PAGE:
Japan’s Prime Minister Shinzo Abe speaks during a press conference at the prime minister’s official residence in Tokyo, Monday, Sept. 25, 2017. Prime Minister Abe announced Monday he will call a snap election for parliament’s more powerful lower house for next month. Abe said at a news conference that he will dissolve the chamber on Thursday when it convenes after a three-month summer recess. The election is to be held Oct. 22. (Shizuo Kambayashi/Associated Press)
TOKYO — The Latest on Japanese Prime Minister Shinzo Abe’s dissolution of the lower house of parliament (all times local):
Japanese Prime Minister Shinzo Abe has said it will be difficult to achieve the goal of achieving a balanced budget except for interest payments by 2020 as planned.
Abe said at a news conference Monday that part of the revenue from a planned 2019 consumption tax hike would be used for a hefty package for child education and elderly care. He said the projects are direly needed to maintain growth and tackle an aging and declining population.
He has promised to raise the consumption tax to 10 percent in 2019 from the current 8 percent, and previously had said almost all the revenue would be used to achieve a budget surplus the following year.
Abe also announced he will dissolve parliament’s more powerful lower house on Thursday and hold elections next month.
Japanese Prime Minister Shinzo Abe says he will step down as prime minister if his party fails to win a majority in an upcoming election.
Abe on Monday announced plans to dissolve the more powerful lower house of Japan’s parliament when it convenes Thursday and call a snap election. The election is to be held Oct. 22.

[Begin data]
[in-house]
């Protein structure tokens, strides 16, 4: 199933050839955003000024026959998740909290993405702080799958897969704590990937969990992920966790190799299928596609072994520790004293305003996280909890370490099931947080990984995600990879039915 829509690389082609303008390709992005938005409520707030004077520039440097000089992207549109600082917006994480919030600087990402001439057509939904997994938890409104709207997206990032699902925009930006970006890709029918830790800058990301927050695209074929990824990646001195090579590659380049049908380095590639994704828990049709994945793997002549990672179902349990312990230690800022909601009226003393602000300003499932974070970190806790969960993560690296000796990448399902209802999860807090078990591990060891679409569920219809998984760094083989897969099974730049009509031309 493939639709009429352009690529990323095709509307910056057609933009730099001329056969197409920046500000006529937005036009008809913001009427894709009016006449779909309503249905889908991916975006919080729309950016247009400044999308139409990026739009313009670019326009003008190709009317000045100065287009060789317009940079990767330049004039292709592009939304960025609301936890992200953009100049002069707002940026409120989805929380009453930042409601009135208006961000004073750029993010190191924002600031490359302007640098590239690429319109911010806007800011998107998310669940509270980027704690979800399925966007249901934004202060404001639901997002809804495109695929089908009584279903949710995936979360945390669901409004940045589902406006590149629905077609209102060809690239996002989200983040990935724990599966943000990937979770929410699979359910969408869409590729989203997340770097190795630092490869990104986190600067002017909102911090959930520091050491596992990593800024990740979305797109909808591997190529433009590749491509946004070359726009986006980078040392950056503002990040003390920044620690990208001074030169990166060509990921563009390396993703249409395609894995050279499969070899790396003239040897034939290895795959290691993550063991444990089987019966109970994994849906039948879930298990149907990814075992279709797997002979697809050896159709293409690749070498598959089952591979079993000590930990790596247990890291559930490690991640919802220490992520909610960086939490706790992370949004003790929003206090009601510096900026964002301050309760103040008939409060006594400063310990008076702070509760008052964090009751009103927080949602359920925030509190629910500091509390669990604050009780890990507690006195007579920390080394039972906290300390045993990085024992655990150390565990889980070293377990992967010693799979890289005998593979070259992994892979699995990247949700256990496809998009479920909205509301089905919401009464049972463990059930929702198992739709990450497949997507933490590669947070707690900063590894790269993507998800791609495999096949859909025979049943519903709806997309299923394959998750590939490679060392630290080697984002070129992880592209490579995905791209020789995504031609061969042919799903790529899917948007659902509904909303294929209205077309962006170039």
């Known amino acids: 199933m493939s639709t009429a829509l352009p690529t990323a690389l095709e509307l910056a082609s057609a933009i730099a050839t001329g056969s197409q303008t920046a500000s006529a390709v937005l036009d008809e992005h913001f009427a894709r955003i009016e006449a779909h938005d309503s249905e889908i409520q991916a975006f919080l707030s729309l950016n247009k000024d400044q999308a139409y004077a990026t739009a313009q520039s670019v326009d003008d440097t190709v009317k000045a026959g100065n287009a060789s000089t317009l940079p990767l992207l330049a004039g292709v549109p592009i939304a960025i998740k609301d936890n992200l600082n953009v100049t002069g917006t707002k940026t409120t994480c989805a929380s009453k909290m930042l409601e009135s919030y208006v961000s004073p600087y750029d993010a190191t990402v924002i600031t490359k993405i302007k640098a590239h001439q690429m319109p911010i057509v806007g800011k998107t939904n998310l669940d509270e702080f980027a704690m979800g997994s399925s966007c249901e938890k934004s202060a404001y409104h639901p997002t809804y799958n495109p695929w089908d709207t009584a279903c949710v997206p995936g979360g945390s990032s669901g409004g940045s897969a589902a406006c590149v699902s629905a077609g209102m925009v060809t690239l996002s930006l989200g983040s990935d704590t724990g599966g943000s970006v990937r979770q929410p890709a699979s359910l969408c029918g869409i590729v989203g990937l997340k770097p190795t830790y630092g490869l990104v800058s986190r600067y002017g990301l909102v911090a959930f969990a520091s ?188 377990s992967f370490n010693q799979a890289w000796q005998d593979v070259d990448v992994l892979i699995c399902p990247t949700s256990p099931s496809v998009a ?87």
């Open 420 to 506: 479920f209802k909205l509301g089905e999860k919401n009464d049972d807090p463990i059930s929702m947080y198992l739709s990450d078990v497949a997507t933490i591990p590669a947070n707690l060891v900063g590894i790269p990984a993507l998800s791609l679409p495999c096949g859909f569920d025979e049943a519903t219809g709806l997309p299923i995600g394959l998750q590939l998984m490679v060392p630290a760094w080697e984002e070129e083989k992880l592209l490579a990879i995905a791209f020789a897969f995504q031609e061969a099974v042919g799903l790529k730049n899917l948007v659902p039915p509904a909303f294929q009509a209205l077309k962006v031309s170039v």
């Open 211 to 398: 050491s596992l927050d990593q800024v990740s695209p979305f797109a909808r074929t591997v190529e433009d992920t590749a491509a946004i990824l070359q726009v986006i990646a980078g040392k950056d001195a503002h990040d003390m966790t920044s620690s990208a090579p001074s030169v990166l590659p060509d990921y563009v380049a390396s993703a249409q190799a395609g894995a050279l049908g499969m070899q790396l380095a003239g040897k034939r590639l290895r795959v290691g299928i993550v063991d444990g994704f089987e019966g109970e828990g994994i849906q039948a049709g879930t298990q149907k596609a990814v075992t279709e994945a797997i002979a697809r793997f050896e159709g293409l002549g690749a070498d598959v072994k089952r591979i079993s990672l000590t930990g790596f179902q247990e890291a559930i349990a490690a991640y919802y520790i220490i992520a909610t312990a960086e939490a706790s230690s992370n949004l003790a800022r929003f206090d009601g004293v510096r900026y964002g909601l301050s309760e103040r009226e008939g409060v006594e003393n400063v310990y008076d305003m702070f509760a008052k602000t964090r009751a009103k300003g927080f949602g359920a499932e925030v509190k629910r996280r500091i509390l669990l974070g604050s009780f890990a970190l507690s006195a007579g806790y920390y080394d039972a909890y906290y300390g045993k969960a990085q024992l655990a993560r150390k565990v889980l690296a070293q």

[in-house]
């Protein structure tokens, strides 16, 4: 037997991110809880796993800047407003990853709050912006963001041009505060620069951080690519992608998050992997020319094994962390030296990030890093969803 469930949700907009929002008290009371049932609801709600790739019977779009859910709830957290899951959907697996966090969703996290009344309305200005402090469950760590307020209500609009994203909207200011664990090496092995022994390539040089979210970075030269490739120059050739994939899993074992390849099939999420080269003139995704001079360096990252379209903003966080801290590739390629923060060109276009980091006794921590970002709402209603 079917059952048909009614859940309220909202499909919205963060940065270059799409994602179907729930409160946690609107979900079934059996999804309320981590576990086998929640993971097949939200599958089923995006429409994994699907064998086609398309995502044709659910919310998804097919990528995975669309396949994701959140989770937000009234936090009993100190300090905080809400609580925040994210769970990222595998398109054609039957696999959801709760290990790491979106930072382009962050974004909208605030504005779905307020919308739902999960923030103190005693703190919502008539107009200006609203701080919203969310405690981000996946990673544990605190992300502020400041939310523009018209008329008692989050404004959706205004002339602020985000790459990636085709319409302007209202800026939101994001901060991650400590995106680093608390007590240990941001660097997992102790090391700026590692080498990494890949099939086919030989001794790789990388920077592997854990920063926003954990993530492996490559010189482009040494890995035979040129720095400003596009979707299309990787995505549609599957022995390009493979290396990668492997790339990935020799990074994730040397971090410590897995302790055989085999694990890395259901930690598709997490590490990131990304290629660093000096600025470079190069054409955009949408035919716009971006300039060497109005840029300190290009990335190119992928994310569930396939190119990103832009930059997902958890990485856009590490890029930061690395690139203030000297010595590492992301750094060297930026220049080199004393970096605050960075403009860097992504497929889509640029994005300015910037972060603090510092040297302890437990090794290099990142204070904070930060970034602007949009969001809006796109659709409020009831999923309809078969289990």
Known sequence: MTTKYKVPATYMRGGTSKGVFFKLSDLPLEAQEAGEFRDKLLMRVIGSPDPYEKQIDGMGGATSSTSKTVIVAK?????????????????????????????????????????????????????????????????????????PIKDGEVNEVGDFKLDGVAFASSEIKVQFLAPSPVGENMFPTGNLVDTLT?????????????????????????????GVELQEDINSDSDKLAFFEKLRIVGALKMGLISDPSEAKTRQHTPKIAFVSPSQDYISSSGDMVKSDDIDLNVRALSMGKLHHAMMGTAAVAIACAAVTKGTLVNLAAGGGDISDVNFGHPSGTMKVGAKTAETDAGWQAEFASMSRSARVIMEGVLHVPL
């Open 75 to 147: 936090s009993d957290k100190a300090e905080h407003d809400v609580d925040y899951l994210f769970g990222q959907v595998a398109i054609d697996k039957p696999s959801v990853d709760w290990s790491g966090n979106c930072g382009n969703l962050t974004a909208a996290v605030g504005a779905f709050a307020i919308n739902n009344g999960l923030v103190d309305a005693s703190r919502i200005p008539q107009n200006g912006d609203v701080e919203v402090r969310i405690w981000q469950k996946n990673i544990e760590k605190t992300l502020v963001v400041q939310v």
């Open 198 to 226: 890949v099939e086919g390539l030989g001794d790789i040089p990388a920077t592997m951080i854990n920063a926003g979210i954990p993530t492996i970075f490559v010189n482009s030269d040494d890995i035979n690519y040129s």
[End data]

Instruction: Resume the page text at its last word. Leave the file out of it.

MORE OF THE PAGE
Abe said he aims to win at least 233 seats, or a majority, in the 475-seat lower house and stay in power.
His party and its coalition partner Komei currently have a two-thirds super-majority in the house.
Japanese Prime Minister Shinzo Abe has announced he will dissolve the lower house of parliament and call a snap election for next month.
Abe said at a news conference Monday that he will dissolve the more powerful house in Japan’s two-chamber parliament on Thursday when it convenes after a three-month summer recess. The election is to be held Oct. 22.
Support ratings for Abe’s government have begun to rebound as attacks on its cronyism scandals have faded during parliament’s recess, while opposition parties are regrouping.
Opposition lawmakers say there is no need to hold elections now.
Tokyo’s governor is launching a new political party to challenge Prime Minister Shinzo Abe’s ruling party in national elections that are expected next month.
Yuriko Koike said Monday she is heading the Hope Party and plans to send candidates to vie for some of the 475 seats in the lower house.
Abe is expected to announce later Monday that he plans to dissolve part of Japan’s two-chamber parliament on Thursday and call for a snap election to be held Oct. 22.
Koike’s regional Tokyoites First no Kai group had a landslide victory in the city assembly election in July, dealing a major blow to Abe’s scandal-plagued ruling party.
Support for Abe’s party has since rebounded, somewhat helped by his Cabinet reshuffle last month and fading scandals during the parliament’s recess.
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